Simply said, the difference is having capital or having access to capital. A real estate wholesaler doesn’t need much capital to earn a profit as they don’t need financing or their own cash unless they choose to use a double close. Furthermore, real estate wholesalers are in it for quick profit with little-to-no-risk to them as the typical cost to secure equitable interest ranges from $10 to $100. In short, real estate wholesalers have complete control over a home’s sale plus the prospect of massive profits without anything more than $100 dollars at risk.
Real estate investors like Good Vibes Homebuyers are legitimate buyers who buy properties with their own money to generate income from renting or selling it for a profit later. Reputable investors will also typically provide sellers with value-add services like free local moving, extended stay options, cash advances, and help getting into a new home.
In short, real estate wholesalers have complete control over a home’s sale plus the prospect of massive profits without anything more than $100 dollars at risk.
Realtors are licensed individuals who serve as, to use the same term, a middleman between their client and the other party who are buying or selling. A real estate wholesaler acts similarly except that they’re the middleman between seller and the real buyer. Realtors work off commission and are typically compensated 3% of the sale price while real estate wholesalers typically receive a flat fee.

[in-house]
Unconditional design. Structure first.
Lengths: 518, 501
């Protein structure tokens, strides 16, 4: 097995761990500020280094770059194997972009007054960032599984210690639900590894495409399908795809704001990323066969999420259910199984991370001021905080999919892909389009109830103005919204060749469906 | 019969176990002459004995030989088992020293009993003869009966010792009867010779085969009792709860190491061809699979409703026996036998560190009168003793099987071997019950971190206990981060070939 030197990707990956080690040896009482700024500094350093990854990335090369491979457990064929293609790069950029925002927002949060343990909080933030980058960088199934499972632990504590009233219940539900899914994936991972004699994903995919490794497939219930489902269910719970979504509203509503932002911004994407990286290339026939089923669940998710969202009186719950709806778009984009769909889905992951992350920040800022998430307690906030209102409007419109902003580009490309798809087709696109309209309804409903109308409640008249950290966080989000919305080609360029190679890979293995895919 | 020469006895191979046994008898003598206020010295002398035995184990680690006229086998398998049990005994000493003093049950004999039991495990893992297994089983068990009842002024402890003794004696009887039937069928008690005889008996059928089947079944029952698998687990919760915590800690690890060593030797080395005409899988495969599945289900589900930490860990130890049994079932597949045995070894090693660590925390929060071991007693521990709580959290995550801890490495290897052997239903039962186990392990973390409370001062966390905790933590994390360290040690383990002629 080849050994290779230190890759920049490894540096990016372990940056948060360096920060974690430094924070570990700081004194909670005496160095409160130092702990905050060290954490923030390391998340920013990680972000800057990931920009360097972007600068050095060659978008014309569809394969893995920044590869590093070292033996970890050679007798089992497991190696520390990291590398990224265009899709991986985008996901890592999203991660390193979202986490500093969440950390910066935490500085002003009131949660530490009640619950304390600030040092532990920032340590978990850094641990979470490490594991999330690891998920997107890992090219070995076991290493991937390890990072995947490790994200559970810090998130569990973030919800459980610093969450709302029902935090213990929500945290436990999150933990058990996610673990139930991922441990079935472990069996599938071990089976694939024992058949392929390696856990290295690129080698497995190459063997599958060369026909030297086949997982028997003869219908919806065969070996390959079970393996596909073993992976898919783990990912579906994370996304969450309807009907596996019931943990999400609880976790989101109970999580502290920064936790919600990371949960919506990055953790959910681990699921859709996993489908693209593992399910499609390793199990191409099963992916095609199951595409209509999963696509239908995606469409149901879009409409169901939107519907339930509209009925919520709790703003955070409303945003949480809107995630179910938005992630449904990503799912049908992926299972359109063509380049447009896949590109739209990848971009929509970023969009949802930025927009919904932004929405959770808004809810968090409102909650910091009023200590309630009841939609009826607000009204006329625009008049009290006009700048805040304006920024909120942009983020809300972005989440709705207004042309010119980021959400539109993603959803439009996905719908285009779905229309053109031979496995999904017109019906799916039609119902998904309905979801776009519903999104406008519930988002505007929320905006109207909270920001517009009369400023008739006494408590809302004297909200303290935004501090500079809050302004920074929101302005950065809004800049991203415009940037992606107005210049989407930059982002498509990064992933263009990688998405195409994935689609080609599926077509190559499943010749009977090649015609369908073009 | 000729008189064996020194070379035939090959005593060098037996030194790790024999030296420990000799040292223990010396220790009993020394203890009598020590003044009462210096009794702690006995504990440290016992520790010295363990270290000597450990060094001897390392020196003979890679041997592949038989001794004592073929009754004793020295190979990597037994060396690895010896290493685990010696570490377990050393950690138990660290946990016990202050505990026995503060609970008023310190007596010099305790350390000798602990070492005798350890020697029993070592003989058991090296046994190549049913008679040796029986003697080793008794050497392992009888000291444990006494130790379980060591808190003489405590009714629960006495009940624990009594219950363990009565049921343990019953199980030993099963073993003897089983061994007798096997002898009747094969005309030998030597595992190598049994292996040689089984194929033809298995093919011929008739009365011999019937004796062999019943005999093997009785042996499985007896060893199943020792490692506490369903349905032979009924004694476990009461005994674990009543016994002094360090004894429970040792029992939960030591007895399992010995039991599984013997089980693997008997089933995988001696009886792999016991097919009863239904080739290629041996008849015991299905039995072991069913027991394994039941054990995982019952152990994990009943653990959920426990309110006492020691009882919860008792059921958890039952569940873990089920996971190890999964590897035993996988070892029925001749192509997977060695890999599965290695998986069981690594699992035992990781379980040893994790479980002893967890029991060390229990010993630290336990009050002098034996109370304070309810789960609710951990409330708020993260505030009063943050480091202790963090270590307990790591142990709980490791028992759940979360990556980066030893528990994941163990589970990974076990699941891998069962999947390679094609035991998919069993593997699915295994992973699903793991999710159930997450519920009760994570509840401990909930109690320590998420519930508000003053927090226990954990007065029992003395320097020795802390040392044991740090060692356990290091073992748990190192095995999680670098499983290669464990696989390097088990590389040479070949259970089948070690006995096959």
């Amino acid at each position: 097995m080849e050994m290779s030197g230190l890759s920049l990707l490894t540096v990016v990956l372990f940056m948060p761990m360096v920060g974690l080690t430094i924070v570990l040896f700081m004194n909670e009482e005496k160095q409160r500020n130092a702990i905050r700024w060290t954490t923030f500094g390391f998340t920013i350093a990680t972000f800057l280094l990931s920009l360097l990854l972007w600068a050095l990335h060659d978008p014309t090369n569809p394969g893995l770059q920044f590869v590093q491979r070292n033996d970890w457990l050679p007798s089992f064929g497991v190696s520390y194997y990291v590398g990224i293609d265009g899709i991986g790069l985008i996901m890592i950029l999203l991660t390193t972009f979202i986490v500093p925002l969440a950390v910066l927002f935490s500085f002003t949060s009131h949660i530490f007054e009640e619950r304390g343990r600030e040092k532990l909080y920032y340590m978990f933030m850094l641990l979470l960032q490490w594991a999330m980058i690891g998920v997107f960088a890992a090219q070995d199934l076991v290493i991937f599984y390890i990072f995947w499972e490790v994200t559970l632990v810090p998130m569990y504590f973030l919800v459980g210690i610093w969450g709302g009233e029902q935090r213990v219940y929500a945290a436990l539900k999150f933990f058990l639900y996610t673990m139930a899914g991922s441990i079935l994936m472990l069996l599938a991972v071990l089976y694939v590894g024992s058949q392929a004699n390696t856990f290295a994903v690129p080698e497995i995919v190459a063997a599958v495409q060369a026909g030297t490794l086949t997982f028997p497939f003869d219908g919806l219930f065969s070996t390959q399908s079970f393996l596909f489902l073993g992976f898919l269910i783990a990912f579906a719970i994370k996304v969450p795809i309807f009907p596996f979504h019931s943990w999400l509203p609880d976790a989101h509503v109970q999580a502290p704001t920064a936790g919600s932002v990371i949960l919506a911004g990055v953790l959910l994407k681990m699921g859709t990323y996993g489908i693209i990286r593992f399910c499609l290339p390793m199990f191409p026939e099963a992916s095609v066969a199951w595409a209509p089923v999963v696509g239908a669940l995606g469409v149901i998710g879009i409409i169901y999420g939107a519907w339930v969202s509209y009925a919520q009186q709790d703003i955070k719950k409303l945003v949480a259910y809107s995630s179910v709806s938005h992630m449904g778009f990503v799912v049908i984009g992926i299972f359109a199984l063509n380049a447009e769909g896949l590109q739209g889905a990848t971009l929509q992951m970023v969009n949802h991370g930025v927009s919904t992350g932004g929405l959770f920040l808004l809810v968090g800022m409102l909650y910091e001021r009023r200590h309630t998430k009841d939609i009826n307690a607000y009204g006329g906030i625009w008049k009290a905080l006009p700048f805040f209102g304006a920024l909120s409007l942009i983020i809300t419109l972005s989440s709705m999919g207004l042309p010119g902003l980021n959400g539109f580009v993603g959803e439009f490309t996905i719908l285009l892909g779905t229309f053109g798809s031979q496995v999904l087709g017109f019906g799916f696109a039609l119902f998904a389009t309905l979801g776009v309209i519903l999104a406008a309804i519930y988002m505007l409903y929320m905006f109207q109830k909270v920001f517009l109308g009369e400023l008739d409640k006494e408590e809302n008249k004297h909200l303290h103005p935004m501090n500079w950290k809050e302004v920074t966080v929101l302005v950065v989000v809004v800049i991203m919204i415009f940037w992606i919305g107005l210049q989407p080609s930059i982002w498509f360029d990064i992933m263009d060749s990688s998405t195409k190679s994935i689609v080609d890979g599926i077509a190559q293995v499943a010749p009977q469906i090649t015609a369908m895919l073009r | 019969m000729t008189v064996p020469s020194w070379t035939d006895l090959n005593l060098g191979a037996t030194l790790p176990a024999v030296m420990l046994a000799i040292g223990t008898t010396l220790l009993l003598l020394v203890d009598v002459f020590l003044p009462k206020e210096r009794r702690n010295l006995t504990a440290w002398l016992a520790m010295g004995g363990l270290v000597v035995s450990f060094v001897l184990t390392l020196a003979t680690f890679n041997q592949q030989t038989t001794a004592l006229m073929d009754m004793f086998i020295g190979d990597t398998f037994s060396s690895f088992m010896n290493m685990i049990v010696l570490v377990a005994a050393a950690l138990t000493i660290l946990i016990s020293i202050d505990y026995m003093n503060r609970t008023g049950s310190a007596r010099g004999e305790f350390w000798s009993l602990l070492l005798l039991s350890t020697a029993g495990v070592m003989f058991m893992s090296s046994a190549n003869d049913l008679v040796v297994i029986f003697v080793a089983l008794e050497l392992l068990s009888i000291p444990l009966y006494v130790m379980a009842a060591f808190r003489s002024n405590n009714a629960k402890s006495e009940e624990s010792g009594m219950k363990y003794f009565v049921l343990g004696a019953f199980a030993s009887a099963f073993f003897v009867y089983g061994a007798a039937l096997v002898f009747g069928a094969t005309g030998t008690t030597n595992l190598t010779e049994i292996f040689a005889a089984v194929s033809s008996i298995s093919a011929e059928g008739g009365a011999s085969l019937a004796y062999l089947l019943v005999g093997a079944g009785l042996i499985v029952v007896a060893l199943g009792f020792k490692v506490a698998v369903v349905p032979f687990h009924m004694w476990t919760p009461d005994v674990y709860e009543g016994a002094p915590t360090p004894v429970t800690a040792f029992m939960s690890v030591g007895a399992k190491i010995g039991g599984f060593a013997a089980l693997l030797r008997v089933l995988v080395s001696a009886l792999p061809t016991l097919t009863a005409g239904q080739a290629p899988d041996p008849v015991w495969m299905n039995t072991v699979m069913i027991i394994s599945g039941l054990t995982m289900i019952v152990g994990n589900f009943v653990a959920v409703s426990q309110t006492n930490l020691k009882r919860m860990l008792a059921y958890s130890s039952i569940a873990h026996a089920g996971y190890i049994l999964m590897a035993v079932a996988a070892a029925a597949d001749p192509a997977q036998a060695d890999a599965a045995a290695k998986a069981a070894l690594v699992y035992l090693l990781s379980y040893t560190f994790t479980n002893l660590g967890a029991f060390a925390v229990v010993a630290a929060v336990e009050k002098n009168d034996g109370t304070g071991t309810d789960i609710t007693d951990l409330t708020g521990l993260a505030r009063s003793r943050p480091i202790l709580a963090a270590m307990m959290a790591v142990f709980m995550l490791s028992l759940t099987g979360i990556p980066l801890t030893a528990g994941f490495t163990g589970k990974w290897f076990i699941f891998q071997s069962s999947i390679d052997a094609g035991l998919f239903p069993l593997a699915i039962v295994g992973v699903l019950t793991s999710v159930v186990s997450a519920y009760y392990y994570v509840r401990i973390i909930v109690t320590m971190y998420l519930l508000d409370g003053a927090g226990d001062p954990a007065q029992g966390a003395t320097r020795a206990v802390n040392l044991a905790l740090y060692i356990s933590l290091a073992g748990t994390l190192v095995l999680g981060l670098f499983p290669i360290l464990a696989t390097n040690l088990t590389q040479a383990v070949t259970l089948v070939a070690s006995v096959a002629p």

To become a real estate agent, you must pass a state exam and regularly take part in continuing education classes. Real estate wholesalers have no licensing or educational requirements and can even misrepresent how much a home is worth without repercussion.
1. How do real estate wholesalers make money?
By getting sellers to agree on a price below the home’s current value and then assigning the contract to a real buyer.
2. How do real estate wholesalers get homes under contract for less than their worth?
The fact is most don’t. They instead convince seller’s their property is worth more than it is, and, as a result, many real estate wholesaler contracts never close because they can’t find a real buyer.
3. Who can be a real estate wholesaler in Texas?
Anyone can act as a real estate wholesaler without any licensing or educational requirements.
4. Who is most vulnerable to real estate wholesalers?
Although anyone can fall victim, the most vulnerable are low-income earners and distressed homeowners in popular areas.
5. What tactics do real estate wholesalers use to get properties under contract?
Some of the most common tricks include bait and switch offers, bogus home inspections, highly inflated home valuations, and even reporting code violations to local authorities.
Sellers who work with us are guaranteed to get a better deal. Our focus is on big volume, not big profit, so we're able to offer you thousands more than any other real buyer. It’s time for you to thrive with Good Vibes Homebuyers ~ see your offers now!
Free closing costs. Free Local Move. Zero fees. Sell in 5 days. Sell and stay for 180 days. No equity? Still get $10,000 cash!